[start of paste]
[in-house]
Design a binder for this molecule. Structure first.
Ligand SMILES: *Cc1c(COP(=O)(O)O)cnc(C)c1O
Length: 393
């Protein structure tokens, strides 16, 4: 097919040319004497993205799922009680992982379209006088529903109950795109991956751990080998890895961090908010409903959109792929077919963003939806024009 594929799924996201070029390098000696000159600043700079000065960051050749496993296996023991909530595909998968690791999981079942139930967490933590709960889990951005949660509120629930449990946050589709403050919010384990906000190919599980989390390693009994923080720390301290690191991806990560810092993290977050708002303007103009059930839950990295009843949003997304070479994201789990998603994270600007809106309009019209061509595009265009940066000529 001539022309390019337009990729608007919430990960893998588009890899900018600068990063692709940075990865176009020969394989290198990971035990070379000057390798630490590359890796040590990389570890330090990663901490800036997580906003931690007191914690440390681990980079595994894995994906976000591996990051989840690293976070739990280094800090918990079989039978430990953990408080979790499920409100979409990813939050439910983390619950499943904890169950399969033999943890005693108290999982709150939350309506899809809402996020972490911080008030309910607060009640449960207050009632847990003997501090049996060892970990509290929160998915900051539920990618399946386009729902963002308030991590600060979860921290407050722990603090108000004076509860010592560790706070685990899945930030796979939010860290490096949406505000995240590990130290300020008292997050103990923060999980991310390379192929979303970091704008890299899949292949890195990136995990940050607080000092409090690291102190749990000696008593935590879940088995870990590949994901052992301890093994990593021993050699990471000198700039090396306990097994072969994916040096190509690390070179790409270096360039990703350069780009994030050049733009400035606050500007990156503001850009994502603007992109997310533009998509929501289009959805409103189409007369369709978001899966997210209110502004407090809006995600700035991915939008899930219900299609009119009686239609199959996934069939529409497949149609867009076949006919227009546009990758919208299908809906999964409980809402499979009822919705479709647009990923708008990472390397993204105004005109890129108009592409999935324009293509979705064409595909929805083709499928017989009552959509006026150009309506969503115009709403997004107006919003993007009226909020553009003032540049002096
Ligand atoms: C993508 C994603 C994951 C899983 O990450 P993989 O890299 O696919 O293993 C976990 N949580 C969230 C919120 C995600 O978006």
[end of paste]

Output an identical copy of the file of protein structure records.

[in-house]
Design a binder for this molecule. Structure first.
Ligand SMILES: *Cc1c(COP(=O)(O)O)cnc(C)c1O
Length: 393
């Protein structure tokens, strides 16, 4: 097919040319004497993205799922009680992982379209006088529903109950795109991956751990080998890895961090908010409903959109792929077919963003939806024009 594929799924996201070029390098000696000159600043700079000065960051050749496993296996023991909530595909998968690791999981079942139930967490933590709960889990951005949660509120629930449990946050589709403050919010384990906000190919599980989390390693009994923080720390301290690191991806990560810092993290977050708002303007103009059930839950990295009843949003997304070479994201789990998603994270600007809106309009019209061509595009265009940066000529 001539022309390019337009990729608007919430990960893998588009890899900018600068990063692709940075990865176009020969394989290198990971035990070379000057390798630490590359890796040590990389570890330090990663901490800036997580906003931690007191914690440390681990980079595994894995994906976000591996990051989840690293976070739990280094800090918990079989039978430990953990408080979790499920409100979409990813939050439910983390619950499943904890169950399969033999943890005693108290999982709150939350309506899809809402996020972490911080008030309910607060009640449960207050009632847990003997501090049996060892970990509290929160998915900051539920990618399946386009729902963002308030991590600060979860921290407050722990603090108000004076509860010592560790706070685990899945930030796979939010860290490096949406505000995240590990130290300020008292997050103990923060999980991310390379192929979303970091704008890299899949292949890195990136995990940050607080000092409090690291102190749990000696008593935590879940088995870990590949994901052992301890093994990593021993050699990471000198700039090396306990097994072969994916040096190509690390070179790409270096360039990703350069780009994030050049733009400035606050500007990156503001850009994502603007992109997310533009998509929501289009959805409103189409007369369709978001899966997210209110502004407090809006995600700035991915939008899930219900299609009119009686239609199959996934069939529409497949149609867009076949006919227009546009990758919208299908809906999964409980809402499979009822919705479709647009990923708008990472390397993204105004005109890129108009592409999935324009293509979705064409595909929805083709499928017989009552959509006026150009309506969503115009709403997004107006919003993007009226909020553009003032540049002096
Ligand atoms: C993508 C994603 C994951 C899983 O990450 P993989 O890299 O696919 O293993 C976990 N949580 C969230 C919120 C995600 O978006």